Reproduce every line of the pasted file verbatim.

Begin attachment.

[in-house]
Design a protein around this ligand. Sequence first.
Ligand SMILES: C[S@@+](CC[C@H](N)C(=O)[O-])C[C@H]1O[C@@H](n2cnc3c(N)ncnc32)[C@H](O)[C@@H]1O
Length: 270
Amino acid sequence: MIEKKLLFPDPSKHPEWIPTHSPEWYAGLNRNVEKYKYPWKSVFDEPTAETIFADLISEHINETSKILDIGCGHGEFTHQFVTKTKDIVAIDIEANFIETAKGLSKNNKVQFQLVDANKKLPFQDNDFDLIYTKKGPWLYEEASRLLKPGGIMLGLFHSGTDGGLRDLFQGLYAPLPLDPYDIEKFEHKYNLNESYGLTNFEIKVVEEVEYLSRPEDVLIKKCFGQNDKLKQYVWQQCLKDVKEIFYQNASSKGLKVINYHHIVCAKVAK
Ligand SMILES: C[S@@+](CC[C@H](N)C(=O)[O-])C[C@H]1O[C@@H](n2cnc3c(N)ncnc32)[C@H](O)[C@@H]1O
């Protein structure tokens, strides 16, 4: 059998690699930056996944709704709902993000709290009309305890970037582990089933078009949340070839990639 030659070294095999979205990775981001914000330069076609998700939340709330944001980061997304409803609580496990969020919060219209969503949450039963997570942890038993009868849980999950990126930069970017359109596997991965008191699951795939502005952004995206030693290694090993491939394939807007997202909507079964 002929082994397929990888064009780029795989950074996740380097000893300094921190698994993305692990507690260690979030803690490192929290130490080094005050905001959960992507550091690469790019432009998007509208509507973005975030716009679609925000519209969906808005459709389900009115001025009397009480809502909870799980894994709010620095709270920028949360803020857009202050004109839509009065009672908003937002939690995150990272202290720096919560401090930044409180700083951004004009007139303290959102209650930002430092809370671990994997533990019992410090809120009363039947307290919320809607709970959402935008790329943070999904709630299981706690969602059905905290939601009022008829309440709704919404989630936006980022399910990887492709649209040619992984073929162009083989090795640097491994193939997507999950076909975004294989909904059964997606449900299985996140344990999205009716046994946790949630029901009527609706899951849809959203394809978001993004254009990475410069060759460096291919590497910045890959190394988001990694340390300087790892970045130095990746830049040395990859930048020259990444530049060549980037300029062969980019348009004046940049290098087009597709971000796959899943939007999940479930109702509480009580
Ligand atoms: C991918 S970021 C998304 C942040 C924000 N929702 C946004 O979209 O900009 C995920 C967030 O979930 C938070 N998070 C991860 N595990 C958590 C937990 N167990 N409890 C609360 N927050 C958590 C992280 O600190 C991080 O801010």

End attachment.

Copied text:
[in-house]
Design a protein around this ligand. Sequence first.
Ligand SMILES: C[S@@+](CC[C@H](N)C(=O)[O-])C[C@H]1O[C@@H](n2cnc3c(N)ncnc32)[C@H](O)[C@@H]1O
Length: 270
Amino acid sequence: MIEKKLLFPDPSKHPEWIPTHSPEWYAGLNRNVEKYKYPWKSVFDEPTAETIFADLISEHINETSKILDIGCGHGEFTHQFVTKTKDIVAIDIEANFIETAKGLSKNNKVQFQLVDANKKLPFQDNDFDLIYTKKGPWLYEEASRLLKPGGIMLGLFHSGTDGGLRDLFQGLYAPLPLDPYDIEKFEHKYNLNESYGLTNFEIKVVEEVEYLSRPEDVLIKKCFGQNDKLKQYVWQQCLKDVKEIFYQNASSKGLKVINYHHIVCAKVAK
Ligand SMILES: C[S@@+](CC[C@H](N)C(=O)[O-])C[C@H]1O[C@@H](n2cnc3c(N)ncnc32)[C@H](O)[C@@H]1O
């Protein structure tokens, strides 16, 4: 059998690699930056996944709704709902993000709290009309305890970037582990089933078009949340070839990639 030659070294095999979205990775981001914000330069076609998700939340709330944001980061997304409803609580496990969020919060219209969503949450039963997570942890038993009868849980999950990126930069970017359109596997991965008191699951795939502005952004995206030693290694090993491939394939807007997202909507079964 002929082994397929990888064009780029795989950074996740380097000893300094921190698994993305692990507690260690979030803690490192929290130490080094005050905001959960992507550091690469790019432009998007509208509507973005975030716009679609925000519209969906808005459709389900009115001025009397009480809502909870799980894994709010620095709270920028949360803020857009202050004109839509009065009672908003937002939690995150990272202290720096919560401090930044409180700083951004004009007139303290959102209650930002430092809370671990994997533990019992410090809120009363039947307290919320809607709970959402935008790329943070999904709630299981706690969602059905905290939601009022008829309440709704919404989630936006980022399910990887492709649209040619992984073929162009083989090795640097491994193939997507999950076909975004294989909904059964997606449900299985996140344990999205009716046994946790949630029901009527609706899951849809959203394809978001993004254009990475410069060759460096291919590497910045890959190394988001990694340390300087790892970045130095990746830049040395990859930048020259990444530049060549980037300029062969980019348009004046940049290098087009597709971000796959899943939007999940479930109702509480009580
Ligand atoms: C991918 S970021 C998304 C942040 C924000 N929702 C946004 O979209 O900009 C995920 C967030 O979930 C938070 N998070 C991860 N595990 C958590 C937990 N167990 N409890 C609360 N927050 C958590 C992280 O600190 C991080 O801010």